Making art process video tutorials?



  • Hi, everyone.
    I have been thinking about opening a shop for about 2 years now. But I was put off everytime I realized how complicated the logistic would be (especially that I do not live in the center of the world, and postage for shipping is really high to almost anywhere from my country). Recently, I am revisiting the idea, and thinking maybe I could make products that are digital, rather than physical.

    My basic idea is to start building a video library for my painting process. Then I do a speedup version on youtube, so people get a sort of preview of the content, and then if they like to see the video real-time, they can purchase it for a small fee. I can probably set up a simple system with Gumroad.

    Is it a silly idea (now that you can find "almost" everything on youtube?).

    Anyone has purchased art video tutorials recently? if yes, what kind of video?



  • I think that is a great idea. I have purchased process pdfs and videos from Gumroad before.

    If you're looking for other ways to open a shop there is also a market on etsy for digital art. I believe @NessIllustration mentioned doing this in one of her videos.


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    @xin-li @skillydan I'm not sure about video products on Etsy, more research is necessary ๐Ÿ™‚ I've seen a lot of artists sell little courses on their websites, though I'm not sure how real-time process videos do. It's important to do research and see what works first! If you can't find any instances of anyone out there selling time-lapse videos, then people won't be looking for them (because they assume it doesn't exist).

    Selling a completely new kind of product isn't impossible, but it's much more difficult because you can't rely on people finding you organically through search. You have to be proactive to show up even if they aren't looking for your, which means a really big ads budget. In that sense, it's easier to sell a competitive product than it is to sell a product no one's heard about.

    With some research I'm sure you can find a niche that matches your vision ๐Ÿ™‚ Digital products are so great to make because you do the work once, then you have an asset that can keep making you money for years. It's great!



  • @skillydan thanks for the feedback. I watched @NessIllustrationยดs video and it is great. I always think my art is not very compatible with "wall art". I tired to make some greeting cards illustration as the agency reps me now also have licencing part. But I never get very far with greeting card idea. My stuff is bit too narrative, great for book illustrations. Not so much art prints, journal clipart. I should try a bit more to see if I can find something that works for me.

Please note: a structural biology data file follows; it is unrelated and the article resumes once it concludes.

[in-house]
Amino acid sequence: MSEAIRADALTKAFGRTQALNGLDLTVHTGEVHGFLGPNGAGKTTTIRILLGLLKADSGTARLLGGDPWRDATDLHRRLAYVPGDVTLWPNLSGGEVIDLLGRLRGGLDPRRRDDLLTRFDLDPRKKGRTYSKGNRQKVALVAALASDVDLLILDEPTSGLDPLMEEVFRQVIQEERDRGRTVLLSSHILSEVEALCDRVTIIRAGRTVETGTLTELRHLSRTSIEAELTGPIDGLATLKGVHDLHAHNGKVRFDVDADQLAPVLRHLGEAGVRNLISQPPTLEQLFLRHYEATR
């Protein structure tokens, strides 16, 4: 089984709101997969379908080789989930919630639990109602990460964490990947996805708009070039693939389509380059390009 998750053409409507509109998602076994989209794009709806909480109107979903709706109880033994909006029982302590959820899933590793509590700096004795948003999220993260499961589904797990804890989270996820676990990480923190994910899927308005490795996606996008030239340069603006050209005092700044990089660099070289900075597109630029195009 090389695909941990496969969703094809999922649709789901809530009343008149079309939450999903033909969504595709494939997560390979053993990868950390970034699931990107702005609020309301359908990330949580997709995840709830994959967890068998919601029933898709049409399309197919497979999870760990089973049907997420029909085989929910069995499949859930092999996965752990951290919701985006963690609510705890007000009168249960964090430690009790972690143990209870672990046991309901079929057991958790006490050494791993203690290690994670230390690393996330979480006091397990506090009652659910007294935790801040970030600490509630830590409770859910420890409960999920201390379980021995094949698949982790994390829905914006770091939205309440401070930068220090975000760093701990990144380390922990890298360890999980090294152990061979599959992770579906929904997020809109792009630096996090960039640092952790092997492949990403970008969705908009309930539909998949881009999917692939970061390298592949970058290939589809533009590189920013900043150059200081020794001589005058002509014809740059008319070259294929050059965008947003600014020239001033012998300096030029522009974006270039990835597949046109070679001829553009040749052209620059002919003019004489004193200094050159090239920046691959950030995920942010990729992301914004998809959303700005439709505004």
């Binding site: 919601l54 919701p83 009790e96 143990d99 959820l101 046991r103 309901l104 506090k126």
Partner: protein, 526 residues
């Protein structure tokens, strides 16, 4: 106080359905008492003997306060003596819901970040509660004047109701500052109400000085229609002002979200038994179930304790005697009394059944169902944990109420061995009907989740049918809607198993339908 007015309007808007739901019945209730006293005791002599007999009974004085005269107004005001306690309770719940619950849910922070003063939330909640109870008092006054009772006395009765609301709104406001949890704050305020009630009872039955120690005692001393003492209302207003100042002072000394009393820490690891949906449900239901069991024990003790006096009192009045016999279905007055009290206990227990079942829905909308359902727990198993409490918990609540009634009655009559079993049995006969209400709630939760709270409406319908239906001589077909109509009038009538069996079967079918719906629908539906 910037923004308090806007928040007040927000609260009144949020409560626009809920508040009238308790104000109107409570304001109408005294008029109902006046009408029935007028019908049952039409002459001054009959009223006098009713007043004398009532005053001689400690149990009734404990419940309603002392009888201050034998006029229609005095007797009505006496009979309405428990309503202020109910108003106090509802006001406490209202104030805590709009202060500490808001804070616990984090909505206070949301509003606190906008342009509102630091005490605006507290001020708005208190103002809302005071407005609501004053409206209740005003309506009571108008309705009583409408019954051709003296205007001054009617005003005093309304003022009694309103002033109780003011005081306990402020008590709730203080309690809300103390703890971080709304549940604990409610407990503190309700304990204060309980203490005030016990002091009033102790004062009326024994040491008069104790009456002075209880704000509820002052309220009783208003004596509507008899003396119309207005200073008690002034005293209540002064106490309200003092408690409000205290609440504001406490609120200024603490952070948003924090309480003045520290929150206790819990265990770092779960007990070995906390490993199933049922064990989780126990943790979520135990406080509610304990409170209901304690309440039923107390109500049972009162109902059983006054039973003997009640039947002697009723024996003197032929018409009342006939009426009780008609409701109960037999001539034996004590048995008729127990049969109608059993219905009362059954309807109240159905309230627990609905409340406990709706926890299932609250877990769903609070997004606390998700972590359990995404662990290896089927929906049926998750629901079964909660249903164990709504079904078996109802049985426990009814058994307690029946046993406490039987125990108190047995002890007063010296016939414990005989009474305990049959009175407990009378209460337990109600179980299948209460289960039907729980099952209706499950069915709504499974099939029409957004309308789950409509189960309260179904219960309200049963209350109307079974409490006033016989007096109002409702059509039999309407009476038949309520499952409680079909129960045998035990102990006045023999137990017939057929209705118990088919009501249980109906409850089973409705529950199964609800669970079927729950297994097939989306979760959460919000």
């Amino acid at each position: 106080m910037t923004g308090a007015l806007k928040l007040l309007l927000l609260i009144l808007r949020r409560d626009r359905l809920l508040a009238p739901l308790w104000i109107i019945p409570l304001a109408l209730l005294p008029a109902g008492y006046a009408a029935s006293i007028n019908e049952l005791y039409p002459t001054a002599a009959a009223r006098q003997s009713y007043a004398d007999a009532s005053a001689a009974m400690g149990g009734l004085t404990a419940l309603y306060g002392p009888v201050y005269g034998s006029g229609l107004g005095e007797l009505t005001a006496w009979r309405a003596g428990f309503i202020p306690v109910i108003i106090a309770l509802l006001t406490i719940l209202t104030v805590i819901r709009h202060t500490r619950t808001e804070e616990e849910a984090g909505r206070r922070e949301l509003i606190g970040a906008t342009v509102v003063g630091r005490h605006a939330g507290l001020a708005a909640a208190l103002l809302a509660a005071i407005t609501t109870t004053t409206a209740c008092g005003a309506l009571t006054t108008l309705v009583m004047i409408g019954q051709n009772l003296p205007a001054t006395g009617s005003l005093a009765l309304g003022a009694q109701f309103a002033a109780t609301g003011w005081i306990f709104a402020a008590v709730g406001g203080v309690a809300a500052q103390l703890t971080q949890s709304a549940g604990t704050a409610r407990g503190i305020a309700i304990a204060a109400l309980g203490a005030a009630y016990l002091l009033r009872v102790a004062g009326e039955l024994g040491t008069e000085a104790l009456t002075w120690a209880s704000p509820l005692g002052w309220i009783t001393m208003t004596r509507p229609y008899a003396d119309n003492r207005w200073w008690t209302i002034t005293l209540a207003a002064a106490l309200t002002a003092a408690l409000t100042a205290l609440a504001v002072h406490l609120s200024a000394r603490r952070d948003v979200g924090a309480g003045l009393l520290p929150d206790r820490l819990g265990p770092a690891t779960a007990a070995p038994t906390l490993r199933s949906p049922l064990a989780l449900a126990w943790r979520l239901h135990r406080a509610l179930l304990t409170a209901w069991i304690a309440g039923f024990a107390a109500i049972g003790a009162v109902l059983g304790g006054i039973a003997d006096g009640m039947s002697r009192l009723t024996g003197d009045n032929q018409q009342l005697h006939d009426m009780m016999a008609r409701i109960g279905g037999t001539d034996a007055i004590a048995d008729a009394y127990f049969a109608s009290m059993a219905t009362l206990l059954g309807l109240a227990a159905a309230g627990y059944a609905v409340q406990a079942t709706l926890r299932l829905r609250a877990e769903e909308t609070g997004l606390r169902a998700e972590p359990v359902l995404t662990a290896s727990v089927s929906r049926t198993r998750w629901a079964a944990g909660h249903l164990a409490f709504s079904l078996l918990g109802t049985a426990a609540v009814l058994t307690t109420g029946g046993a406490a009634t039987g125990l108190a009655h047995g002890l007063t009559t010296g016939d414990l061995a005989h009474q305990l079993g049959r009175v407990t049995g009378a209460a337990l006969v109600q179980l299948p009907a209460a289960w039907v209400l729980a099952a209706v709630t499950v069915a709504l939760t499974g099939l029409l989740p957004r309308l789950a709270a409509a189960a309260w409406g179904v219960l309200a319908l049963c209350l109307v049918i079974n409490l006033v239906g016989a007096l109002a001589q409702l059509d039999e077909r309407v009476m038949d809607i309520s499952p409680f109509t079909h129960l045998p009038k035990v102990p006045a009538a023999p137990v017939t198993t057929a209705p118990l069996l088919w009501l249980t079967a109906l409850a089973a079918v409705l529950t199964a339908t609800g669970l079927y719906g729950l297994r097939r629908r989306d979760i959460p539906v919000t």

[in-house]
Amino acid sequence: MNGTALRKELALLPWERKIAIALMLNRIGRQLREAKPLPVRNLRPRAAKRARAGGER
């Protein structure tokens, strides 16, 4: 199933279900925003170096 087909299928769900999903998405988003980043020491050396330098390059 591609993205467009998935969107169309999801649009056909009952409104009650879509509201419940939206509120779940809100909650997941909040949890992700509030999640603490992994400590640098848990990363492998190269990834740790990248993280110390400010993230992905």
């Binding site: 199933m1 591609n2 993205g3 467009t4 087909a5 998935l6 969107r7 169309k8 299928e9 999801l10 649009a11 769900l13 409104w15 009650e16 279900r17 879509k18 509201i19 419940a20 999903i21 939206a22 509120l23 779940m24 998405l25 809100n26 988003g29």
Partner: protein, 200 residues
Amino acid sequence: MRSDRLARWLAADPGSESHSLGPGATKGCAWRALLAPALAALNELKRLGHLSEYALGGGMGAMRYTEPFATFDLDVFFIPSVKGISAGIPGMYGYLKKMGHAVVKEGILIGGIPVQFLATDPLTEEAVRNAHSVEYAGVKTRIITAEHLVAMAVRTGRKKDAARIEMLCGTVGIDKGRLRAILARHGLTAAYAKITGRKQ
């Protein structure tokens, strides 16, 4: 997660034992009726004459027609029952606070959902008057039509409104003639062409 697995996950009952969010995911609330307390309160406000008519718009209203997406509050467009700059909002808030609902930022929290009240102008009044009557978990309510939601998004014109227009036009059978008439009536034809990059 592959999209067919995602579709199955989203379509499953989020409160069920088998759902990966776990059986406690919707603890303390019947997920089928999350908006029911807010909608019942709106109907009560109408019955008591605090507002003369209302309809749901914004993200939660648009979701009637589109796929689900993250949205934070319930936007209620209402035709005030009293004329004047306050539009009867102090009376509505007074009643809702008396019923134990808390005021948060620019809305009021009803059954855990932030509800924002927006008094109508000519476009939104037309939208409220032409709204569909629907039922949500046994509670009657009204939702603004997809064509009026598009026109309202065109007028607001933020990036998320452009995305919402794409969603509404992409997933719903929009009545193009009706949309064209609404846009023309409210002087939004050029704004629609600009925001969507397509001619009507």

@NessIllustration I think video tutorials are not really new products. I have purchased some in the past on Gumroad as well. It is probably not something you find in Esty though. You are the one made me start to thinking about digital projects. :-). For sure, more research needed :-). I started to follow a few fine art painters who makes a living with vlog, Patreon. They do a lot of painting process videos ๐Ÿ™‚



  • @xin-li the idea reminds me of Jason Brubaker, Marco Bucci, and Parka Blogs. Would love a female voice on Gumroad.

    Lioba Bruckner does great on Patreon. A few others I followed were Chris Hong and Jared Cullum -- they use Patreon more as tip jars though haha.

    Who have you bought/ patreon-ized may I ask ๐Ÿ˜ƒ



  • @donnamakesart hehe.. for some reasons, I am following landscape, and nature painters at this moment. Karen Margulis, Sarah Burns, and Julia Bausenhardt. Personally, I am not very into nature painting, I want to learn paint traditionally. Right now, watching nature painting tutorials is my new hobby. ๐Ÿ™‚

    Also all 3 of these artists made a full time living by teaching, vlog, and Patreon. It is interesting to follow them to see how they run their business.

    I am still looking around for more fine-art painters to follow. I especially interested in impressionist painting style, and something very raw such as Victoria Semykina, and Laura Carlin (would be cool to see process videos from these 2 artists, but very little info online, except little snippets in their instagram feeds occasionally).



  • I have bought process videos in Cubebrush.
    You can find Jeff Parker's process on Patreon. Marco Bucci sells How to Digitally Paint and how to Paint with WC. Jake and Marco have a lot of free YouTube video content.